However, if you do want to use this functionality, it's quite simple:
Select keywords, click add to list, create a new list if it's the first time and you're set. Nice and simple.
So, have I mentioned already the one thing I don't like about the tool? Oh yeah, accuracy issues.
But it's a caveat you can somewhat fix by being smarter than the tool and spotting weird results. Here's one, let's see if you find the cat amongst the bears:
Have you spotted it?
Well, it's three "weird" results actually. All three with KC scores on the 20s range.
And why is that? Moz PA is read here as 1. A damn one. But look at the sites, I mean, I doubt ign.com isn't funneling any link juice from the whole site to that page...
Let's do what any keyword meister would do and manually check that:
Huh? Well, yeah, this is a typical KWFinder problem. It will get the DA or the PA of a given site wrong and slap a 1 in that cell, bringin the whole KC score down with it. Not very frequent though.
What this means is that you can't just trust the KC score. Here's what you should really do:
Stabish base cryteria. Type of keyword (best? vs? how to? up to you), then conduct some searches and look for promising results. Then you want to manually check the top 10 results both on the SERPChecker tool and then simply by clicking on the URLs of the results (open in a new tab for speed) you want to check page by page that the data is correct, and manually vet the quality of the actual content, on-page SEO of the competitor etc.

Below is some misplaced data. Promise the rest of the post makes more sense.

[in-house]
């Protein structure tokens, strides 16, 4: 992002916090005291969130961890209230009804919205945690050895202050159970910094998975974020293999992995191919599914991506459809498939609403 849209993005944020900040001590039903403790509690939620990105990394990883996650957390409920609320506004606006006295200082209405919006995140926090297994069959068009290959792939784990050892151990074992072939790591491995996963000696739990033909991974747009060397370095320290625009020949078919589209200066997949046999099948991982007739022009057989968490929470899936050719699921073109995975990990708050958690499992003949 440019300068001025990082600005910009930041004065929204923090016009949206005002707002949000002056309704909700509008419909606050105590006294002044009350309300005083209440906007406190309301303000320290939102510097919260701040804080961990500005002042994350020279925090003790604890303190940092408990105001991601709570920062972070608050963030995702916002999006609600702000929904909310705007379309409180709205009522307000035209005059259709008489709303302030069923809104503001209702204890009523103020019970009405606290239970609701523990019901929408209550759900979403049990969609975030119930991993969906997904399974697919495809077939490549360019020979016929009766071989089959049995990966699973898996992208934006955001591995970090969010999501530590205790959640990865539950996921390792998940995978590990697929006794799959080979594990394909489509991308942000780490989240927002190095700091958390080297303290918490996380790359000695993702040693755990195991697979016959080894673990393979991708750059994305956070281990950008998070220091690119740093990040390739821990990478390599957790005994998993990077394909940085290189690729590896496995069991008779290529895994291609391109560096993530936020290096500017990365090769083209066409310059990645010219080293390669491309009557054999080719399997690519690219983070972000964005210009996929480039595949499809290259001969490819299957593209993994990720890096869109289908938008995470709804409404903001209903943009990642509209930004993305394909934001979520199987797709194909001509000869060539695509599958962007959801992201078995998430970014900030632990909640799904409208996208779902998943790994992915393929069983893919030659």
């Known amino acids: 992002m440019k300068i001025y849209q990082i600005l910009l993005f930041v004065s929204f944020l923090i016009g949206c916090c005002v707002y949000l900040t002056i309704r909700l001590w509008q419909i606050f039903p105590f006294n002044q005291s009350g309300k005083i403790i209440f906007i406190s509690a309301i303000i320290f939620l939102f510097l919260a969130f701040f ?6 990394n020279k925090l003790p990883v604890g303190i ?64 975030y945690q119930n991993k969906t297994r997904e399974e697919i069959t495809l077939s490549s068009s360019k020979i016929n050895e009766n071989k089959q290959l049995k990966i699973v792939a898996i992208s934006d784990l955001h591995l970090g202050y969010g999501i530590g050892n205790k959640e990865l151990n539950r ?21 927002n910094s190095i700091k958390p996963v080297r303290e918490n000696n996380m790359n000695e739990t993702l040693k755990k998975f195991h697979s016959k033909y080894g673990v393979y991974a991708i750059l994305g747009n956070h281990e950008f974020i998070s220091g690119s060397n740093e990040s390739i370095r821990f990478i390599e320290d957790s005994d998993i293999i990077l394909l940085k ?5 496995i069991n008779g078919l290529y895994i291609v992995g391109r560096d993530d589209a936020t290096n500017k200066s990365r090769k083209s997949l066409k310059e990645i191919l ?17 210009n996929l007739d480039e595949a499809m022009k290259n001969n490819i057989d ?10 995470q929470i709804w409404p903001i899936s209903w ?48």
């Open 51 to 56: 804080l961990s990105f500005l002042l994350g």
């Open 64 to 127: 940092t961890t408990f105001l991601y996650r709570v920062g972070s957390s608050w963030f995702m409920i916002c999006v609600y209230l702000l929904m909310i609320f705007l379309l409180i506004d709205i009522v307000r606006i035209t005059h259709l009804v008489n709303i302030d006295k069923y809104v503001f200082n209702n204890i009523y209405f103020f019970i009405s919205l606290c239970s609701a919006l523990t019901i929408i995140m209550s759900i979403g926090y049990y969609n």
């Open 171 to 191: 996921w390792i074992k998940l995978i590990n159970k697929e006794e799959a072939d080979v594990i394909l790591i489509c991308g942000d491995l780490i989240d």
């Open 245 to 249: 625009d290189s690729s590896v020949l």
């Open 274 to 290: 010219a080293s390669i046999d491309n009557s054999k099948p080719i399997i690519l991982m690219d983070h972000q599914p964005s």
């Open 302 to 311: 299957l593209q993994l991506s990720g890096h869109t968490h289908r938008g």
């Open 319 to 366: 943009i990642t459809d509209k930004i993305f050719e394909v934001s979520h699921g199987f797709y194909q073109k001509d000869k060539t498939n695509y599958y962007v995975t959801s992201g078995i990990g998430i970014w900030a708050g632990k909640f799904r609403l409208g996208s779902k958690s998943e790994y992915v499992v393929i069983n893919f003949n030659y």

All in all, KWFinder has all the functions you need to find a good niche or new keywords for your site and comes at a very affordable price (specially if you go for the yearly plan!).
It is extremely easy and intuitive to use, has a friendly user interface and is still accurate enough to point you in the right direction (given that you'll know how to spot traps following the above point).
It doesn't match the level of functionalities and options of SEMrush, and it's far from being the SEO swiss-knive Ahrefs is, but then it only costs a tiny fraction of the price of those two tools, and its waaaaaay easier to use.
It would be my recommendation for any beginner who's never used a keyword tool before and just wants to get going with some minimal investment in tools.